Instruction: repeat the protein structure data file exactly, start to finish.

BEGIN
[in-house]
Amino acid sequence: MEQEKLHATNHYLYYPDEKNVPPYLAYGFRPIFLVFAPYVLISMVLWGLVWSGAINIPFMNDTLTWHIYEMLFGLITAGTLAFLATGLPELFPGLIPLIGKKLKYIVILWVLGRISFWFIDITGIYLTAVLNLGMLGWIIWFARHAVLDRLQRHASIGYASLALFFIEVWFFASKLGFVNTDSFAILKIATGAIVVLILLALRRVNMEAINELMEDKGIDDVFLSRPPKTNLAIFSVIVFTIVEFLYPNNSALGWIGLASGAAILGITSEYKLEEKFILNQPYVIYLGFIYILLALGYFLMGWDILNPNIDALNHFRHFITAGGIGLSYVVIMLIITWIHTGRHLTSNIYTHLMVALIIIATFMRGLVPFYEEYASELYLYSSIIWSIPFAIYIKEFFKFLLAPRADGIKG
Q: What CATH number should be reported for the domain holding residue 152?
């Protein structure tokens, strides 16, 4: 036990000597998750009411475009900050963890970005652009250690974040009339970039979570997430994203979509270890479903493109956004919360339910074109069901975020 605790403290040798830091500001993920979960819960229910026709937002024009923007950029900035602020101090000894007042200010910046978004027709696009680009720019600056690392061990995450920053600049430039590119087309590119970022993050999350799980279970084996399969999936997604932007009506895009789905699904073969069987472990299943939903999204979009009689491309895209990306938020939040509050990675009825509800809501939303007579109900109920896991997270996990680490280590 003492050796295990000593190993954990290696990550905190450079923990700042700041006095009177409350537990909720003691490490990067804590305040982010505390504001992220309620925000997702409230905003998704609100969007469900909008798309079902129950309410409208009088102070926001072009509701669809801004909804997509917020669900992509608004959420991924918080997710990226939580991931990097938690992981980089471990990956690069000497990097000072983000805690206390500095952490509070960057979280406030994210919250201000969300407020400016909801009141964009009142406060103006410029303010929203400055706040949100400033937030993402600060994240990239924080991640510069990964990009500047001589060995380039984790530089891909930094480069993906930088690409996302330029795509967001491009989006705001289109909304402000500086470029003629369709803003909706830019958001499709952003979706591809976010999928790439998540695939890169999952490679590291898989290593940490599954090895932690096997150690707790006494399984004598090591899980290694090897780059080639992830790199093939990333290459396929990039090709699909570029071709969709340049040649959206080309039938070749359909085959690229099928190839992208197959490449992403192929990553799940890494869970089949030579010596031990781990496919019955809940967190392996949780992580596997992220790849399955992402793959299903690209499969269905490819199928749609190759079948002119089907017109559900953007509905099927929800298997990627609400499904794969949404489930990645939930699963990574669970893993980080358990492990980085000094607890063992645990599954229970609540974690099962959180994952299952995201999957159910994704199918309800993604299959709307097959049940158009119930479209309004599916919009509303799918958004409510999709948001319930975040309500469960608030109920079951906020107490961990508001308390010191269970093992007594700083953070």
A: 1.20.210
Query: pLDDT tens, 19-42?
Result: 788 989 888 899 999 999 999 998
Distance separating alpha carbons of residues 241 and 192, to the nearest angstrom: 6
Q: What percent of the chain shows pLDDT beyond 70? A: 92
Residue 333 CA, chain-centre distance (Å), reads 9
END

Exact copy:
[in-house]
Amino acid sequence: MEQEKLHATNHYLYYPDEKNVPPYLAYGFRPIFLVFAPYVLISMVLWGLVWSGAINIPFMNDTLTWHIYEMLFGLITAGTLAFLATGLPELFPGLIPLIGKKLKYIVILWVLGRISFWFIDITGIYLTAVLNLGMLGWIIWFARHAVLDRLQRHASIGYASLALFFIEVWFFASKLGFVNTDSFAILKIATGAIVVLILLALRRVNMEAINELMEDKGIDDVFLSRPPKTNLAIFSVIVFTIVEFLYPNNSALGWIGLASGAAILGITSEYKLEEKFILNQPYVIYLGFIYILLALGYFLMGWDILNPNIDALNHFRHFITAGGIGLSYVVIMLIITWIHTGRHLTSNIYTHLMVALIIIATFMRGLVPFYEEYASELYLYSSIIWSIPFAIYIKEFFKFLLAPRADGIKG
Q: What CATH number should be reported for the domain holding residue 152?
């Protein structure tokens, strides 16, 4: 036990000597998750009411475009900050963890970005652009250690974040009339970039979570997430994203979509270890479903493109956004919360339910074109069901975020 605790403290040798830091500001993920979960819960229910026709937002024009923007950029900035602020101090000894007042200010910046978004027709696009680009720019600056690392061990995450920053600049430039590119087309590119970022993050999350799980279970084996399969999936997604932007009506895009789905699904073969069987472990299943939903999204979009009689491309895209990306938020939040509050990675009825509800809501939303007579109900109920896991997270996990680490280590 003492050796295990000593190993954990290696990550905190450079923990700042700041006095009177409350537990909720003691490490990067804590305040982010505390504001992220309620925000997702409230905003998704609100969007469900909008798309079902129950309410409208009088102070926001072009509701669809801004909804997509917020669900992509608004959420991924918080997710990226939580991931990097938690992981980089471990990956690069000497990097000072983000805690206390500095952490509070960057979280406030994210919250201000969300407020400016909801009141964009009142406060103006410029303010929203400055706040949100400033937030993402600060994240990239924080991640510069990964990009500047001589060995380039984790530089891909930094480069993906930088690409996302330029795509967001491009989006705001289109909304402000500086470029003629369709803003909706830019958001499709952003979706591809976010999928790439998540695939890169999952490679590291898989290593940490599954090895932690096997150690707790006494399984004598090591899980290694090897780059080639992830790199093939990333290459396929990039090709699909570029071709969709340049040649959206080309039938070749359909085959690229099928190839992208197959490449992403192929990553799940890494869970089949030579010596031990781990496919019955809940967190392996949780992580596997992220790849399955992402793959299903690209499969269905490819199928749609190759079948002119089907017109559900953007509905099927929800298997990627609400499904794969949404489930990645939930699963990574669970893993980080358990492990980085000094607890063992645990599954229970609540974690099962959180994952299952995201999957159910994704199918309800993604299959709307097959049940158009119930479209309004599916919009509303799918958004409510999709948001319930975040309500469960608030109920079951906020107490961990508001308390010191269970093992007594700083953070």
A: 1.20.210
Query: pLDDT tens, 19-42?
Result: 788 989 888 899 999 999 999 998
Distance separating alpha carbons of residues 241 and 192, to the nearest angstrom: 6
Q: What percent of the chain shows pLDDT beyond 70? A: 92
Residue 333 CA, chain-centre distance (Å), reads 9